I became increasingly passionate about helping dyslexic children, and those described as struggling to break through to literacy. I spent hours and hours trying to understand why children had difficulty breaking the reading code and how to support them with targeted intervention. I eventually transitioned from classroom teaching into a leadership role as a Head of Individual Needs at a Melbourne private school. This allowed me to immerse myself completely into the world of slow progress readers.
While providing intervention support, I became increasingly aware of the challenges and frustration faced by parents. I eventually realised how few parents were empowered or understood their rights and role in decisions made about their children’s learning. I also realised how ‘hungry’ parents were to know more about the reading process, about interventions and how they could support at home, but they didn’t know which way to turn to find this all out. Most confronting was also realising the angst and pain parents endured, as they wanted to help but also hoped things would get easier and their child would ‘catch up’ and make the expected reading gains.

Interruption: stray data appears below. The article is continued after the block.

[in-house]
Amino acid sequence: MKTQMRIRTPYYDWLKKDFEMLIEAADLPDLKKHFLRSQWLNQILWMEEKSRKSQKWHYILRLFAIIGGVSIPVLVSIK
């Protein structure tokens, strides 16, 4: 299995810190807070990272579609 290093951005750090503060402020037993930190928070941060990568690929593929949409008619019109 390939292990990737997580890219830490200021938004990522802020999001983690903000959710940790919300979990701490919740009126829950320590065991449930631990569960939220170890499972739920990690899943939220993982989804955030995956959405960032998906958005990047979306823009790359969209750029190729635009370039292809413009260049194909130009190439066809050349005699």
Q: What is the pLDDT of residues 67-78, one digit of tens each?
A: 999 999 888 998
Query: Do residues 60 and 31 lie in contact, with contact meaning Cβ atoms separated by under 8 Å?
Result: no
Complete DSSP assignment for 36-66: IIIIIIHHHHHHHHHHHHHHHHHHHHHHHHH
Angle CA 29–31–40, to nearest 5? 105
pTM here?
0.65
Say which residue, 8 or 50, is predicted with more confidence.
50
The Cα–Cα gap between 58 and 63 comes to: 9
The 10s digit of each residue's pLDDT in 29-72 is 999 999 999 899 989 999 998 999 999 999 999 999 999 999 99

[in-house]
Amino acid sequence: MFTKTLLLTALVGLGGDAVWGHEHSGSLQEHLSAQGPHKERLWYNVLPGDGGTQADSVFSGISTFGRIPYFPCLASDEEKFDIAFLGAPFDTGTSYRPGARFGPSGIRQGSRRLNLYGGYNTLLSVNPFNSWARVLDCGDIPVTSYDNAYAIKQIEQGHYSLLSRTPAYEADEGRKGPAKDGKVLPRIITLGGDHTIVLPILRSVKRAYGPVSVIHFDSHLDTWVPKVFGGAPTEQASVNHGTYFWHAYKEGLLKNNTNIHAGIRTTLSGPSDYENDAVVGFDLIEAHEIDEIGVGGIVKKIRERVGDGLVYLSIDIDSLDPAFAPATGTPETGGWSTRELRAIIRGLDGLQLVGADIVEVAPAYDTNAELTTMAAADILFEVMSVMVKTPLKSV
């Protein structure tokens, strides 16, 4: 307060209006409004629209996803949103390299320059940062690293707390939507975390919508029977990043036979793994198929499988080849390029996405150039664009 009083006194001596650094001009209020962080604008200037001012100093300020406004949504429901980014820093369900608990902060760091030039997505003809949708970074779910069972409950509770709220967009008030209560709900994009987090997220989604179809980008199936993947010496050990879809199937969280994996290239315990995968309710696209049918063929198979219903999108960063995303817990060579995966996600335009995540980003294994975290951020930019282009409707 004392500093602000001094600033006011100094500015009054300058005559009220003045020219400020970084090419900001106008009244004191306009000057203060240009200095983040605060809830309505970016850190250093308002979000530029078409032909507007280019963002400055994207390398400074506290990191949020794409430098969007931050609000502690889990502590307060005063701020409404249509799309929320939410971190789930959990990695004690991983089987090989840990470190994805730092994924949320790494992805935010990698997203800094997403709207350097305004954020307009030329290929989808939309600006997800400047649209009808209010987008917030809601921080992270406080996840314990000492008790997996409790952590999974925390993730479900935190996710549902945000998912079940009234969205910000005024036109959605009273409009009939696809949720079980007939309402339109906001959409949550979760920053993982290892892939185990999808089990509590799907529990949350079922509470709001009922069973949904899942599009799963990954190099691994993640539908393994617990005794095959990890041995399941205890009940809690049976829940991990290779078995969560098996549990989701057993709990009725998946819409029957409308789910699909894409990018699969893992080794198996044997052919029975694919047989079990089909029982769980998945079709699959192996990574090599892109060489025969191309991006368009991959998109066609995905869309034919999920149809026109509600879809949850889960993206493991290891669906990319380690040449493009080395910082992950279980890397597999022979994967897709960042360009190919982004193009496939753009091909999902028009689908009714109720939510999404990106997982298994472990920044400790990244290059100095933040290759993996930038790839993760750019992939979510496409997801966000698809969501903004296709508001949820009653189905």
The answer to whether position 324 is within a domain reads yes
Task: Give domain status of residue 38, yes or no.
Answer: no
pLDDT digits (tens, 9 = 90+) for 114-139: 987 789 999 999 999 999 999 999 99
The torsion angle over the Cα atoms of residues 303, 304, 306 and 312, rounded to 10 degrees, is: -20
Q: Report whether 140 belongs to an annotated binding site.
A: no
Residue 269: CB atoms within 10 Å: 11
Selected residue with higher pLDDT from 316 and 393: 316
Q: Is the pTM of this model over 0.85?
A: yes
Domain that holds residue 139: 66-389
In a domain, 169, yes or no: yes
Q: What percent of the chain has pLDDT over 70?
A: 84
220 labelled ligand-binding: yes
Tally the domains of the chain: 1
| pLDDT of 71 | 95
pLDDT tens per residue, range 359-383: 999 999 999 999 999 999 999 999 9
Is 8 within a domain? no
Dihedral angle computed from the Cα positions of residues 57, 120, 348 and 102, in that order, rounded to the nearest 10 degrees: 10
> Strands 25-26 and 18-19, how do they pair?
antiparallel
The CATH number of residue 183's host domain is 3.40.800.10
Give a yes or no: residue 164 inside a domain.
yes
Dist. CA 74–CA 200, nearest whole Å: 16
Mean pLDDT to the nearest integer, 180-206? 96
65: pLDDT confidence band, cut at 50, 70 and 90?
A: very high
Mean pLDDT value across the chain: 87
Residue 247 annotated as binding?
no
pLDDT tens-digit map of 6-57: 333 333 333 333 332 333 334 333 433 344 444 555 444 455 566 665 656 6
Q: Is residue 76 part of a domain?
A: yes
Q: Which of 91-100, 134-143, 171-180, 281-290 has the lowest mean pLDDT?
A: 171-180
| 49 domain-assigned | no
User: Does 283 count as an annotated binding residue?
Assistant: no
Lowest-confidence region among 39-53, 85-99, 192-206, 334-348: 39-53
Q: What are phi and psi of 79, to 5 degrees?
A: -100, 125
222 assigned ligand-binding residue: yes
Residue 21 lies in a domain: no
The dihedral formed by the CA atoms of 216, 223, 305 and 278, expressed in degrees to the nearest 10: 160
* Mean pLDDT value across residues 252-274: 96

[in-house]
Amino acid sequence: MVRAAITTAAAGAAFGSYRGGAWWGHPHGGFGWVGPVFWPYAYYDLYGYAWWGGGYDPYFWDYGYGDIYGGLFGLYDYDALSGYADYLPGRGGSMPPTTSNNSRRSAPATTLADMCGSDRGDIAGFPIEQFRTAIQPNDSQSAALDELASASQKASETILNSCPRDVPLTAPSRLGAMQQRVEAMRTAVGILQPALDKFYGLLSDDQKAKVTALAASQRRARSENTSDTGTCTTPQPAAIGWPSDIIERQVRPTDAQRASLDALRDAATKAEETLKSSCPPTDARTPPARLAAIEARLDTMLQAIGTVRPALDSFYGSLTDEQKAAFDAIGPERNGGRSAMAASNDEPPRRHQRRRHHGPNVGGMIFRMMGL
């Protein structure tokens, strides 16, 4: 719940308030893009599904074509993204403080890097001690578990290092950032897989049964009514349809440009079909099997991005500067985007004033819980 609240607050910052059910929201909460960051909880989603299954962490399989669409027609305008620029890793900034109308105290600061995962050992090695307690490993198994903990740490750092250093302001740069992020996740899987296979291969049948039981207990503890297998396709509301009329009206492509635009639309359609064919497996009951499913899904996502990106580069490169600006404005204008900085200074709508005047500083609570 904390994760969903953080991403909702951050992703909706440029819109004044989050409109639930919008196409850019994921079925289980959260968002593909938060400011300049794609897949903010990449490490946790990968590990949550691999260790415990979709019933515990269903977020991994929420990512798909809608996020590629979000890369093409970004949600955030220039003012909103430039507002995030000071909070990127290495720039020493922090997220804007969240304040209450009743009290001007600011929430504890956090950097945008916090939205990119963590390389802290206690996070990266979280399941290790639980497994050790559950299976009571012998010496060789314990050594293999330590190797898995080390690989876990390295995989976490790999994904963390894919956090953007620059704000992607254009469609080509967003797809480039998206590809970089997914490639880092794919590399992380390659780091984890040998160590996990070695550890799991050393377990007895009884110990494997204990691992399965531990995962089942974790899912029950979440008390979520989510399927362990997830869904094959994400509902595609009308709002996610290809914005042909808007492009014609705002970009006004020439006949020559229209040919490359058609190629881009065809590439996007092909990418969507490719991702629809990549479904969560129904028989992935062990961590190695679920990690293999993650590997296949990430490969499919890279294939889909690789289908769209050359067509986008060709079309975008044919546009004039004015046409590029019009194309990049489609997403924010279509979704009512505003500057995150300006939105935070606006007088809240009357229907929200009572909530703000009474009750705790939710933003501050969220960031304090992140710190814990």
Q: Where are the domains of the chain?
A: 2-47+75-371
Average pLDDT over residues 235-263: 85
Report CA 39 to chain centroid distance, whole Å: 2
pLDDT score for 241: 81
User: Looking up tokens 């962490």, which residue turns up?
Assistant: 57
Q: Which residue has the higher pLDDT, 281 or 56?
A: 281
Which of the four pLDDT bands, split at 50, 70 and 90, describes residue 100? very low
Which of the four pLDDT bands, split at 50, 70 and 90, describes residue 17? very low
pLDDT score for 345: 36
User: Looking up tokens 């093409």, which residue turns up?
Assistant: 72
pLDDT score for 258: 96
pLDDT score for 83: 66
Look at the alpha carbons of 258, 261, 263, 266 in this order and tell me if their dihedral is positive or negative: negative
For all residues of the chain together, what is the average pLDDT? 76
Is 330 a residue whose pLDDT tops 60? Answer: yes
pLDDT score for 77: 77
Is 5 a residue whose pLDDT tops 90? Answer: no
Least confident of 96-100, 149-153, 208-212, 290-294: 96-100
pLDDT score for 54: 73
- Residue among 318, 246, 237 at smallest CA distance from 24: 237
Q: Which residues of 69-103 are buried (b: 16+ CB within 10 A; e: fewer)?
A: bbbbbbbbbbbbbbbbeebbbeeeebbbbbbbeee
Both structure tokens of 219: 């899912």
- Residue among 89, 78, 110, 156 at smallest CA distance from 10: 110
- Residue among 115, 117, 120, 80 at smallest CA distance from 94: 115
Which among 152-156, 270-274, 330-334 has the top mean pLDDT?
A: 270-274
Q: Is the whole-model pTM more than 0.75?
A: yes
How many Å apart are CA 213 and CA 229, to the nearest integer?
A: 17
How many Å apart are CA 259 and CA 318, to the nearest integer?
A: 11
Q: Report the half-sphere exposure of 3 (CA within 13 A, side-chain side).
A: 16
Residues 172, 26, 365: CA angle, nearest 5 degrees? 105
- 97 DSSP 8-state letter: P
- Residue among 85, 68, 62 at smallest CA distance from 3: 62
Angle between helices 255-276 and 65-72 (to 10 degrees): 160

I began to see that behind the children making the biggest gains, were actively involved and informed parents. Many of these parents had taken years to educate themselves and become the powerful advocates and teachers their children needed. They had scoured the internet and read hundreds of articles on slow-progress reading, dyslexia and anything else they could get their hands on. I witnessed first-hand the huge impact knowledgeable and actively involved parents have on their children’s reading success and I decided that what slow-progress readers need more than anything else, are parents like that.